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Vigneault, Canucks Fume Over Costly 'Too Many Men' Penalty

Apr 18, 2010 – 3:31 AM
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Monte Stewart

Monte Stewart %BloggerTitle%


Vancouver Canucks coach Alain Vigneault does not criticize officials very often – but he couldn't hold back Saturday night.

Vigneault watched in frustration as a linesman called his club for too many men in overtime, giving the Los Angeles Kings an unexpected power play with Game 2 on the line. Just over a minute later, Anze Kopitar scored the winning goal and, just like that, the Kings evened the best-of-seven series at 1-1.

"It was a wrong call," said Vigneault. "You're allowed five feet and the rule is the player coming on the ice cannot play the puck. Well, yeah, that puck touched one of our players. It touched Kevin Bieksa trying to get off the ice because he was cut.

Series tied, 1-1
Kings 3, Canucks 2 (OT): Recap | Box Score | Series Page


"We've got two refs and they've both got stripes on their sweaters. They should make the call if they think it's a penalty – not the linesmen. It's unfortunate, but it's the way it is."

Now, the Canucks' coach is looking for a better effort from his special teams as the series moves to Los Angeles on Monday for Game 3. The Kings went two-for-six on the power play and allowed the Canucks to convert just one of three man-advantage opportunities.

"Obviously, their special teams game has been better than ours so far," said Vigneault.

After Vancouver's Steve Bernier opened the scoring on the power play in the first period, the Canucks struggled on their next two extra-man chances. On the other hand, Fredrik Modin's power play marker midway through the second sparked a comeback as the Kings scored two goals 35 seconds apart to overcome a 2-0 first-period deficit.

"I think we built off our five on five (play from Game 1)," said Kings winger Wayne Simmonds, who scored the other L.A. goal in the short timespan.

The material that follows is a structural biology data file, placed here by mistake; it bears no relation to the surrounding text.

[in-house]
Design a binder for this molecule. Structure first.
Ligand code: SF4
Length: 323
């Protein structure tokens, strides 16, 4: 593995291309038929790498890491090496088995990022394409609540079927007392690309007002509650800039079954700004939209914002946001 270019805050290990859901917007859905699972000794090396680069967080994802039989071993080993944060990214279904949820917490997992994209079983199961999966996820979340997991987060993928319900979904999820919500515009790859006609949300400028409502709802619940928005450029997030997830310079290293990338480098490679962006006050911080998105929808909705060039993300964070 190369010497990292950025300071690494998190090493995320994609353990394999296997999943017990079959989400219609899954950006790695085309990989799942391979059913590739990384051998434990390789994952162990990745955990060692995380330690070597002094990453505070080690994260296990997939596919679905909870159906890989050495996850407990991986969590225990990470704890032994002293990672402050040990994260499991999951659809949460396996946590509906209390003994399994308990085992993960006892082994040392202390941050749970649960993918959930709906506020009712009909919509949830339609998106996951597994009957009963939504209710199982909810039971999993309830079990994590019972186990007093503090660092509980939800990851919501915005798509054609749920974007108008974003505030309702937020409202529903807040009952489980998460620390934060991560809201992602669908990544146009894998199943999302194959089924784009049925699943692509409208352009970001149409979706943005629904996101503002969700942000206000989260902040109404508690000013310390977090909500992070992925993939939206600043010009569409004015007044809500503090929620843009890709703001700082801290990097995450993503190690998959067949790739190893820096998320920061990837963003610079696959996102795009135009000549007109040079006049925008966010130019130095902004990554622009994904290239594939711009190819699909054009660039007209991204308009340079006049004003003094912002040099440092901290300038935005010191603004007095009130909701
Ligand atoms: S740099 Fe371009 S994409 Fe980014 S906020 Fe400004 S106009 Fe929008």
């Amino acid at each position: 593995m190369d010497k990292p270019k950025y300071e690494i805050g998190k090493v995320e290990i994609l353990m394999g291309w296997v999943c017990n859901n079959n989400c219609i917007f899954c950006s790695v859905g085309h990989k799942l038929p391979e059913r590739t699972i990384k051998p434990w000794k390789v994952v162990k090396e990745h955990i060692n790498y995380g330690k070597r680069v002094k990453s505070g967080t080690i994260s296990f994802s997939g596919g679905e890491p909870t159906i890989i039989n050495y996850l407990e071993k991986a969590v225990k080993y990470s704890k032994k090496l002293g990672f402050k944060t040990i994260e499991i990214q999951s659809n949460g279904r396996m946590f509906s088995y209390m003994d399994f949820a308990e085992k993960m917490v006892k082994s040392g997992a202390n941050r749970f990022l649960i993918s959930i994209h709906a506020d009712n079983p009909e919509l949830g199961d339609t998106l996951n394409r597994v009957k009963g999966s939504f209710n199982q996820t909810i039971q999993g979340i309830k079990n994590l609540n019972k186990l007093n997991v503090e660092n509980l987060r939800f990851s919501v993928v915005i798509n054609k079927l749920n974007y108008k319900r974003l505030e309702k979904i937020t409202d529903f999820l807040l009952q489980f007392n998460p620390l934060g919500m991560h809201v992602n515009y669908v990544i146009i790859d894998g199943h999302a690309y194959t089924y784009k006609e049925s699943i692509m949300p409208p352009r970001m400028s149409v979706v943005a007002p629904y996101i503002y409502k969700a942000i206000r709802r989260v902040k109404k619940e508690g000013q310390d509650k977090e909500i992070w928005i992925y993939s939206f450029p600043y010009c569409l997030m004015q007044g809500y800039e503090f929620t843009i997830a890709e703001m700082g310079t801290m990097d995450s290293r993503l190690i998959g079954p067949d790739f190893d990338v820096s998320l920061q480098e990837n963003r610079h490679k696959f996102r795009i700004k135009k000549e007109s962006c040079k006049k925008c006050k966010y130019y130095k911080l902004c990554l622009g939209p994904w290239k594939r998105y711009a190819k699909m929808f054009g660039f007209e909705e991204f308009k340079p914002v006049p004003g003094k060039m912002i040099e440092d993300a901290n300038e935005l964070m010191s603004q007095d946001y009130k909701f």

"It was a wrong call ... It's unfortunate, but it's the way it is."
-- Canucks Coach Alain Vigneault on Costly Overtime Penalty

Ryan Kesler, who led the Canucks offensively with two assists, said the Canucks have to display more discipline when the series resumes in California.

"When you give a team six or seven penalties they're going to capitalize," said Kesler. "We've got to figure it out and stay out of the box."

Kyle Wellwood said the Canucks can control the play, as they did early Saturday when the Kings took two early penalties – if they stay out of the box.

"We know we can control the tempo and the game if we can get our guys on the ice regularly," said Wellwood. "It's obviously frustrating, bad timing and all the penalties.... We weren't able to establish any momentum. I really thought we played the better game when we weren't in the box every couple of minutes.

"I'm not concerned that we can't control the play. It's just a matter of smarter decisions out there and being more confident."

The power plays enabled the Kings to outshoot the Canucks 32-26. Defenceman Sami Salo said Vancouver's extra infractions are putting too much pressure on the club's penalty killers.

"It's not the number of goals that we're giving," said Salo. "It's the number of penalties we're taking."
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